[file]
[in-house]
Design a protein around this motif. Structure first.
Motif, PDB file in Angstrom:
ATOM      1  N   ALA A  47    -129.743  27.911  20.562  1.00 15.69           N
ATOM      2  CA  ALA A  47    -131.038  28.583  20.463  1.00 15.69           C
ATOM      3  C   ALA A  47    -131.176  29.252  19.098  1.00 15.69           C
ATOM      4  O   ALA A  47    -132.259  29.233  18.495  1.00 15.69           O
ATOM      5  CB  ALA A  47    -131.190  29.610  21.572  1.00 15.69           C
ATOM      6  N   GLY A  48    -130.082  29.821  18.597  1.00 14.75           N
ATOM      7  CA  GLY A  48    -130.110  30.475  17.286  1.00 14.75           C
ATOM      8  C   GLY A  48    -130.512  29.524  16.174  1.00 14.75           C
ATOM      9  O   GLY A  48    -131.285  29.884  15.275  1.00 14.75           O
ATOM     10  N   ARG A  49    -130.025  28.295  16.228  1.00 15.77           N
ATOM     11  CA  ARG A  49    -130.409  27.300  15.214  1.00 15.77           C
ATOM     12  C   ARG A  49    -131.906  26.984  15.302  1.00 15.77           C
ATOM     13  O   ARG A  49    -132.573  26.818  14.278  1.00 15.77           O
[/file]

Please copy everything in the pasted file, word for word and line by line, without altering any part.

[in-house]
Design a protein around this motif. Structure first.
Motif, PDB file in Angstrom:
ATOM      1  N   ALA A  47    -129.743  27.911  20.562  1.00 15.69           N
ATOM      2  CA  ALA A  47    -131.038  28.583  20.463  1.00 15.69           C
ATOM      3  C   ALA A  47    -131.176  29.252  19.098  1.00 15.69           C
ATOM      4  O   ALA A  47    -132.259  29.233  18.495  1.00 15.69           O
ATOM      5  CB  ALA A  47    -131.190  29.610  21.572  1.00 15.69           C
ATOM      6  N   GLY A  48    -130.082  29.821  18.597  1.00 14.75           N
ATOM      7  CA  GLY A  48    -130.110  30.475  17.286  1.00 14.75           C
ATOM      8  C   GLY A  48    -130.512  29.524  16.174  1.00 14.75           C
ATOM      9  O   GLY A  48    -131.285  29.884  15.275  1.00 14.75           O
ATOM     10  N   ARG A  49    -130.025  28.295  16.228  1.00 15.77           N
ATOM     11  CA  ARG A  49    -130.409  27.300  15.214  1.00 15.77           C
ATOM     12  C   ARG A  49    -131.906  26.984  15.302  1.00 15.77           C
ATOM     13  O   ARG A  49    -132.573  26.818  14.278  1.00 15.77           O